This is happening across the country, but is perhaps most embarrassing in London – a supposedly global, world-beating city in which it is increasingly difficult to get a pint after 11pm. Indeed, the long-running decline of pubs and hospitality venues has been particularly felt in the capital, where we currently have the lowest number of pubs per head in the country. Between 2001 and 2020, the number of London pubs and bars declined by 26 per cent, beaten only by the West Midlands (which lost 29 per cent) and Northern Ireland (which lost 36 per cent).

Pubs were in a really bad state before the pandemic. As the IEA’s Christopher Snowdon pointed out in a 2014 report, the UK lost 21,000 pubs between 1980 and 2014. Half of these closures took place after 2006 – a result, Snowdon argues, of the smoking ban and other forms of regulation. What’s more, the smoking ban inevitably fuelled noise complaints. As the Morning Advertiser reported in 2008, there was a ‘rising tide of noise complaints’ after the smoking ban pushed smokers outside into beer gardens and on to the streets.

Meanwhile, many local councils have become overly receptive to the complaints of the irked few – even in areas where the night-time economy is a core part of the appeal of living there. Perhaps the most absurd example came in Brighton in 2014, when the Blind Tiger was shut down by the council. It had been a live-music venue for some 160 years, but was shut down in short order after a neighbour living in the flat above it complained about the apparently inexplicable noise.

After being forcibly closed for large parts of the past two years, and contending with soaring costs untouched by the energy-price cap, which doesn’t apply to private businesses, pubs and other nightlife venues are now more vulnerable than ever before. Northampton landlady Miranda Richardson gave up her pub in June as her quarterly energy costs had reached a whopping £30,000. The worst is still ahead of us and yet pub numbers have already hit an all-time low of 39,970, according to real-estate consultancy Altus.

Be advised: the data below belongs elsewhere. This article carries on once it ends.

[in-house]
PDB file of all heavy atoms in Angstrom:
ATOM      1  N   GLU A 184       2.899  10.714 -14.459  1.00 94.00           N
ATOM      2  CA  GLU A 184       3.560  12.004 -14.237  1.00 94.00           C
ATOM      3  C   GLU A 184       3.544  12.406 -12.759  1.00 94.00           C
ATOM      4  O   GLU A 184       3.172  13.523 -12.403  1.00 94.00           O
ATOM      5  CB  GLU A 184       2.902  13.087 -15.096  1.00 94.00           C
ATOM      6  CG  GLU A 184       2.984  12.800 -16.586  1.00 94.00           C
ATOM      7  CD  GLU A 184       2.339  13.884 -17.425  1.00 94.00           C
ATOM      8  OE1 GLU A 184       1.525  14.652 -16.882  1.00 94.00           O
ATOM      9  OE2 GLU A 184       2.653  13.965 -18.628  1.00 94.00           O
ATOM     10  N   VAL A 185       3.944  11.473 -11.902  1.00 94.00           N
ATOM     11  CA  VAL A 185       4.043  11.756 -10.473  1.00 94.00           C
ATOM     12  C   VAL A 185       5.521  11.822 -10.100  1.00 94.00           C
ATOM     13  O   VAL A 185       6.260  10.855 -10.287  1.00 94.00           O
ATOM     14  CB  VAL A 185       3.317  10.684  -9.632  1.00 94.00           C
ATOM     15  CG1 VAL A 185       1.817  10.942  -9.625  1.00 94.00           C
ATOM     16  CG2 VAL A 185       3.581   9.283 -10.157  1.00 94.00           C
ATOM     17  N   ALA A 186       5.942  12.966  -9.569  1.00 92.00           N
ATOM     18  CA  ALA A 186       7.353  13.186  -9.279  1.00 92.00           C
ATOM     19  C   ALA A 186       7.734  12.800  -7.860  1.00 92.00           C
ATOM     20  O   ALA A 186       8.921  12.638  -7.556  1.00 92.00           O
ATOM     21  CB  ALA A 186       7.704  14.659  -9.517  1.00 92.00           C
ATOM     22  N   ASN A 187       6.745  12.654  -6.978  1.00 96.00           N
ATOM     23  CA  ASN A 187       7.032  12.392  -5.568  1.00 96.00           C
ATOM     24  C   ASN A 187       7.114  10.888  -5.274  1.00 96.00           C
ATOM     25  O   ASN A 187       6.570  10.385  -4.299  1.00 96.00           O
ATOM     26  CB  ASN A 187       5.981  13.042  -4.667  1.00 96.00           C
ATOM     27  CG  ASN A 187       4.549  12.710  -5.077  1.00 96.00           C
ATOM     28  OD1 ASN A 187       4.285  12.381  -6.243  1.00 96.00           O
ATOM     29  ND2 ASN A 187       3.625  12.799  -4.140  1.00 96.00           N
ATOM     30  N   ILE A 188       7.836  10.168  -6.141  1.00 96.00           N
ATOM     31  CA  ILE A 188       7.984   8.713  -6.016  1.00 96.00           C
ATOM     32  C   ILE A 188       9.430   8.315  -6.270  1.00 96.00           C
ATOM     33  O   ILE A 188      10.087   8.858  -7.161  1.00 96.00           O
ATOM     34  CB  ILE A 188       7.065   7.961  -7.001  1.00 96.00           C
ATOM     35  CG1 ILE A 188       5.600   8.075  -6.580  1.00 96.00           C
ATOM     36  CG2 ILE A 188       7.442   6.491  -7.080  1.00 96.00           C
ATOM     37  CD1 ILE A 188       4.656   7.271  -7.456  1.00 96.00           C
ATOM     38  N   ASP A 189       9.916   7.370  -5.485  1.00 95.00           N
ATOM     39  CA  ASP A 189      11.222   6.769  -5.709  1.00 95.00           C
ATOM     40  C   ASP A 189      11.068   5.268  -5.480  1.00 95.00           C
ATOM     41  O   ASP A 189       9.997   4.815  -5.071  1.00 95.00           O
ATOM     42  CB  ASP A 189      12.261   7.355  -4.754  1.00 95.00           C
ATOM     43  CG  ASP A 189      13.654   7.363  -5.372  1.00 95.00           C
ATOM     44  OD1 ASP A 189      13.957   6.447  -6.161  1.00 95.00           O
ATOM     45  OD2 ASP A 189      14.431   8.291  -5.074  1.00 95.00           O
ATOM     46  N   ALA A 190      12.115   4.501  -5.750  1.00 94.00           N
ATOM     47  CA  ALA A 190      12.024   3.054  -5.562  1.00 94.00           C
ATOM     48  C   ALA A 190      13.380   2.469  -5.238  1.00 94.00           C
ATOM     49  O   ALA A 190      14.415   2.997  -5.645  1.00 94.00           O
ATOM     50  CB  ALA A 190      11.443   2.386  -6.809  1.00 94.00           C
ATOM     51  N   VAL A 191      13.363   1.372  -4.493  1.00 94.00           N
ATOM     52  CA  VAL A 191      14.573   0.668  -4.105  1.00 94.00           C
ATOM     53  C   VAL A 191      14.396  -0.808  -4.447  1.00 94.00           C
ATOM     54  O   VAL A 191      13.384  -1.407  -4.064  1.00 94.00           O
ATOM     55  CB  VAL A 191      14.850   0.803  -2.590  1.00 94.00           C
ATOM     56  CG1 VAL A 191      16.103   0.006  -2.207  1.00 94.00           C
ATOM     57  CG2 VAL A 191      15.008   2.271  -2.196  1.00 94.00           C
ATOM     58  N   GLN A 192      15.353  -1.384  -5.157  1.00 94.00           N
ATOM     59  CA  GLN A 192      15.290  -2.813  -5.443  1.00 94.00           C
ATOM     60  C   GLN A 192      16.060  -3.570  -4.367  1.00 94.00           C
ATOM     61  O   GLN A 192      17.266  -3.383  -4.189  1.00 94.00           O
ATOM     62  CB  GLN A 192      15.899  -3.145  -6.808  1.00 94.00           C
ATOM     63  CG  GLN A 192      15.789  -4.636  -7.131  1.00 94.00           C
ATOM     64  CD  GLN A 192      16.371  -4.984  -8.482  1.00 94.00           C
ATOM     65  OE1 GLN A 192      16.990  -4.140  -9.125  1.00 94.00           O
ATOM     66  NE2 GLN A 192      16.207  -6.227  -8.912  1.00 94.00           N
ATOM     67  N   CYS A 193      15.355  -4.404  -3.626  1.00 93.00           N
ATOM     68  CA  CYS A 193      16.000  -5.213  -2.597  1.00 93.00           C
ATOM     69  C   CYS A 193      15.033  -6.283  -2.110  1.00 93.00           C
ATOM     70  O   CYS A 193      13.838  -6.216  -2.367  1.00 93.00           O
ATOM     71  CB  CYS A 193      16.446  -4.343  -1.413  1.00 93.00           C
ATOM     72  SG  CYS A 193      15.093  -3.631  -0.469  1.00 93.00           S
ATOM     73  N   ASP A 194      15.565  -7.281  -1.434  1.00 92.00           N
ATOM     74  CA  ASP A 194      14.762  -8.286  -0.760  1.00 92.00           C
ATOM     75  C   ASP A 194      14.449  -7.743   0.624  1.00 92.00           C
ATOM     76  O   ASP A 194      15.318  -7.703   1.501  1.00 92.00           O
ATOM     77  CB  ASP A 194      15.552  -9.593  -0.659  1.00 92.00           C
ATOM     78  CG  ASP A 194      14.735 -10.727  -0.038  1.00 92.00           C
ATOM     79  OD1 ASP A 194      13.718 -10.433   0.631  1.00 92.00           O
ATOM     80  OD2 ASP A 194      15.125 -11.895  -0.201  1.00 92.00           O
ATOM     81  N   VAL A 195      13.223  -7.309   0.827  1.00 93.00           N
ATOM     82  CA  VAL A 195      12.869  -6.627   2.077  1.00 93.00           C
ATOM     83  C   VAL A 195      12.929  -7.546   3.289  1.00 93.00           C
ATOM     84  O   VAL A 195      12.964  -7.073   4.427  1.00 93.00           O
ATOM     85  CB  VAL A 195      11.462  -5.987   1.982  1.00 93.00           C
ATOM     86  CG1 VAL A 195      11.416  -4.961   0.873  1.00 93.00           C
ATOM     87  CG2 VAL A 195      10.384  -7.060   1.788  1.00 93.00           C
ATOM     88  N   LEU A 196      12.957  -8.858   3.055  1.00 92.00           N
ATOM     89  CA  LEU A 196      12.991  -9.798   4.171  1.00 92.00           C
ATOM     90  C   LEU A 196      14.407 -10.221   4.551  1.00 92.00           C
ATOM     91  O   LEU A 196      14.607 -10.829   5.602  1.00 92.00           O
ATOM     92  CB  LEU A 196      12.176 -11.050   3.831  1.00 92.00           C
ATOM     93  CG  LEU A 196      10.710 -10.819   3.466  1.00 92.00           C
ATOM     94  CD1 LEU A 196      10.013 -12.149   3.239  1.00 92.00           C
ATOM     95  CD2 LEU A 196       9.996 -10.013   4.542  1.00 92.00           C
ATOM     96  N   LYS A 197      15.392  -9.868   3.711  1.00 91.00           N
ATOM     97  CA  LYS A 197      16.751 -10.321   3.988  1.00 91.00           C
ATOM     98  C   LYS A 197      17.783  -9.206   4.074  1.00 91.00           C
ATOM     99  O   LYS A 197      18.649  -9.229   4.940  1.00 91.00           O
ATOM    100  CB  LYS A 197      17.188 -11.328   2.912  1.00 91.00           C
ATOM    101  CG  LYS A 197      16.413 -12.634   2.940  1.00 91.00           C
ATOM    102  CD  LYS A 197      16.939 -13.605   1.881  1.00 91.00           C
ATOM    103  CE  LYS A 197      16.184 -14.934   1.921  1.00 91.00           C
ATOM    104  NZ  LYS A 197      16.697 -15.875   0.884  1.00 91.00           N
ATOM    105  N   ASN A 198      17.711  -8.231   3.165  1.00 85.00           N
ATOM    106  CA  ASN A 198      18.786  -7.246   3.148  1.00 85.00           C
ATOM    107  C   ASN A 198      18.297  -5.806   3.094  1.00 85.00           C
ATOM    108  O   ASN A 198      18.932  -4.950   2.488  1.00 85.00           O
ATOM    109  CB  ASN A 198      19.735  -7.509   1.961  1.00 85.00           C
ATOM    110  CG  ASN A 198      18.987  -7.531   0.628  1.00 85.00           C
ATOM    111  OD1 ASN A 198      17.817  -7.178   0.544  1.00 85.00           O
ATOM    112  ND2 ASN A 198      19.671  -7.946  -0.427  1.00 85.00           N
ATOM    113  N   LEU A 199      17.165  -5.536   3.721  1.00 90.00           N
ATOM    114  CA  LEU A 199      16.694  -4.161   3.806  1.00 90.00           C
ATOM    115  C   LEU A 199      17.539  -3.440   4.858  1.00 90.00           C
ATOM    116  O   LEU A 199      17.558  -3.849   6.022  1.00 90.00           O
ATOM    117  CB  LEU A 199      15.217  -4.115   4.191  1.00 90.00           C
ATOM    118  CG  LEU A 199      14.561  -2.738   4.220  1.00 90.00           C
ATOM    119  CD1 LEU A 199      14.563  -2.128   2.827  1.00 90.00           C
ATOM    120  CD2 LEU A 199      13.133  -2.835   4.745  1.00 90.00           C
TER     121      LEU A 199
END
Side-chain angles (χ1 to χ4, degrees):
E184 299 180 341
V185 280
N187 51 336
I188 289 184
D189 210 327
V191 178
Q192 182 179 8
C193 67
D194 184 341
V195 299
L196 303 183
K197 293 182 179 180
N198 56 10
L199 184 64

Despite all this, local councils are continuing to act as the enforcers of middle-aged, middle-class killjoys who move into an inner-city area and are then shocked to find a pub or a club there. Now more than ever we need to defend pubs against this tyranny of whingers, this most sharp-elbowed and devastatingly effective of snowflakes, who seem to think the world must align with their preferences. That the pubs that are still managing to scrape by apparently exist only at the whim of a few easily upset neighbours is ridiculous.

As Orwell put it in a piece in 1943, the demise of pubs is nothing to celebrate – it is ‘only a cause for rejoicing if one believes, as a few Temperance fanatics still do, that people go to pubs to get drunk’. They are places to get drunk, of course, and places millions of people cherish for that reason. But they are also much more than that. They are places where people gather, discuss, mourn and celebrate. In our individuated age, pubs are increasingly rare and vital centres of community life. We lose them at our peril.

Tom Slater is editor of spiked. Follow him on Twitter: @Tom_Slater_

Picture by Ewan Munro, published under a creative-commons licence.

To enquire about republishing spiked’s content, a right to reply or to request a correction, please contact the managing editor, Viv Regan.

Topics Covid-19 Politics UK